It’s like “You know, I really shouldn’t…”. “Do it, Anakin! He’s too dangerous.” “Okay!” Slit! “Gee, That felt wrong.” “It’s okay Anakin, he had it coming!” And then, barely another word on the subject. As if to remind us how this has happened before, Palpatine brings up how Anakin wiped out all those Sandpeople. Once again, it seems like the Jedi have no clue and Anakin has got away with cold-blooded murder.

The Love Story: We’re fortunate not to get an earful of awful, cheesy dialogue between Anakin and Padme in this one, but there’s still enough to bring the bile to the edge of your throat. For what its worth, the two seem to have a little more chemistry in this one, but it still feels forced. “You are so beautiful” says Anakin. “That’s because I’m so much in love,” she replies. Ugh!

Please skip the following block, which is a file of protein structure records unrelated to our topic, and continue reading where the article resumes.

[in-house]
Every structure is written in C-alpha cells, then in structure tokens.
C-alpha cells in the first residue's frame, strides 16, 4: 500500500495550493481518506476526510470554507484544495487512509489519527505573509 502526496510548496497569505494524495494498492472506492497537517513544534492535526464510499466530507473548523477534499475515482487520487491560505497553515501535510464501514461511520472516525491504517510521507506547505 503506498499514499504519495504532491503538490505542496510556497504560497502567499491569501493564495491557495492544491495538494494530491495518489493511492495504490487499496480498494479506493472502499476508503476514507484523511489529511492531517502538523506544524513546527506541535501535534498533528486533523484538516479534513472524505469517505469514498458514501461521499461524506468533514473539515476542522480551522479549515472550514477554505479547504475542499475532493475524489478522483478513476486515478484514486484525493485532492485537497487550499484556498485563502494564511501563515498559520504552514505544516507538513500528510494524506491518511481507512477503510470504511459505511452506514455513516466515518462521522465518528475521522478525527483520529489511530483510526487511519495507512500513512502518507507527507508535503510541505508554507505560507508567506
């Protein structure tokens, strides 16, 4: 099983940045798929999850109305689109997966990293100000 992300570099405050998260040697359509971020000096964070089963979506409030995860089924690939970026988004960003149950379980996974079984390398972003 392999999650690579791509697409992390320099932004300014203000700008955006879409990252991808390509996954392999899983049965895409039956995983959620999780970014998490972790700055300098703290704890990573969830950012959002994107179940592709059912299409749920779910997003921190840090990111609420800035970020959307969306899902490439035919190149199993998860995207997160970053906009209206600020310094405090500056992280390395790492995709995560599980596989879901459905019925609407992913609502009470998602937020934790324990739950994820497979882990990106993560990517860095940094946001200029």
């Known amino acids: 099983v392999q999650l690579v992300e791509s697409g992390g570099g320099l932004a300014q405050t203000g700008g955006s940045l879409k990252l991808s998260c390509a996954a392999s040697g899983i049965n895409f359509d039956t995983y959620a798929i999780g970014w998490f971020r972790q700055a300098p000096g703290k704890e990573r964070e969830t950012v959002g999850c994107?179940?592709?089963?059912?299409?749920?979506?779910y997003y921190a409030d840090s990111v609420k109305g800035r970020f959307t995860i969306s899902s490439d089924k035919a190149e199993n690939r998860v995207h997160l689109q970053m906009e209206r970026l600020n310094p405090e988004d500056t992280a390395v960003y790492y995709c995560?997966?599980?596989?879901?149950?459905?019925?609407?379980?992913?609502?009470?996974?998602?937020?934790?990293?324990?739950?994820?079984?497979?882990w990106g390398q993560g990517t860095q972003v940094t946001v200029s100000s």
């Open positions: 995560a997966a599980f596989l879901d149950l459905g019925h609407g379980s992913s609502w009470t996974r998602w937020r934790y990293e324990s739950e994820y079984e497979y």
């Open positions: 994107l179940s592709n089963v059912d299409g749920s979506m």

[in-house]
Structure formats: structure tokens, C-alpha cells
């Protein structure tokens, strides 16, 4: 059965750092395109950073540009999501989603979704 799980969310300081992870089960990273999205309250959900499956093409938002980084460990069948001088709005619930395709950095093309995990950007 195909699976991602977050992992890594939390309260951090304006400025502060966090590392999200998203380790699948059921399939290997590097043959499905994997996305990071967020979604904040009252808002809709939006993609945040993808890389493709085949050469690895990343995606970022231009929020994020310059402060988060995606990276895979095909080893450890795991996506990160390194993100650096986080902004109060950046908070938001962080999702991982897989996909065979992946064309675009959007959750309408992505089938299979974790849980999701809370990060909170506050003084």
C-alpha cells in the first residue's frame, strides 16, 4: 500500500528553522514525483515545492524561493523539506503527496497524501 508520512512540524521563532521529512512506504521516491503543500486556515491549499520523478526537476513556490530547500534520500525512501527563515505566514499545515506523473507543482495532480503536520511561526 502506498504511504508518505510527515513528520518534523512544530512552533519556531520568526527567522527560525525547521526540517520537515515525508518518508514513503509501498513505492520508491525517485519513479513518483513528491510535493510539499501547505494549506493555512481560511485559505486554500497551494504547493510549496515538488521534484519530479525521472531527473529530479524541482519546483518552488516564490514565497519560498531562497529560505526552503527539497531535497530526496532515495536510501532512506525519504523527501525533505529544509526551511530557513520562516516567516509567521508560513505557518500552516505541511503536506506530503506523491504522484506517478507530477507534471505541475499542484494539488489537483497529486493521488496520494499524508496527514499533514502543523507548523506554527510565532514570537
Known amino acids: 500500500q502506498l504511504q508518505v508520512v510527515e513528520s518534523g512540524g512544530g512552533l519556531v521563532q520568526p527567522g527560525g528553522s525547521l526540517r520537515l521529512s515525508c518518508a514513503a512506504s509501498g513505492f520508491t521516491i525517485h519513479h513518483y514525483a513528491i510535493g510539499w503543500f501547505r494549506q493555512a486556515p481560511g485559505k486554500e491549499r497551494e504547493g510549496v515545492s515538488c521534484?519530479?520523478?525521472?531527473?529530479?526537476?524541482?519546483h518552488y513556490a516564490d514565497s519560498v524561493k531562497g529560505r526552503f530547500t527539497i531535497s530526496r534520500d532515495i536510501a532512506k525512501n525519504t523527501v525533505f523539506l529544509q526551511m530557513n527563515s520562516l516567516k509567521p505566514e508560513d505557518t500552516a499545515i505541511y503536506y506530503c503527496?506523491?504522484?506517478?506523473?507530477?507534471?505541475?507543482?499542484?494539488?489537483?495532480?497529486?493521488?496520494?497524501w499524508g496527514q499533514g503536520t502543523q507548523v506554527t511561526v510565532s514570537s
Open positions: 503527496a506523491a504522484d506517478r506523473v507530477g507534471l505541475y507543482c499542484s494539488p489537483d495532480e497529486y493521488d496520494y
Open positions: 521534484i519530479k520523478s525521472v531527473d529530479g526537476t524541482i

Grievous: Here is a character who is not bad, as far as conceptuals go. But the fact that he’s introduced in this last movie where he then dies, that’s kind of weak. You can’t expect to introduce characters who are central to the plot in the third act and expect people to develop some kind of attachment to them. What’s more, in this movie, Grievous sounded oafish and really wasn’t that threatening. In the Clone Wars cartoon (the original by Genndy Tartakovsky, not the crappy Lucas remake!) Grievous was a frightening, bad-ass mutha who took down multiple Jedis at once. His voice was deep, cold, and metallic, and he had some truly bone-chilling lines! “Run, Jedi run! You have only prolonged the inevitable. But I will give you the honor of a warrior’s death.” Did I mention he’s also a master of psychological warfare?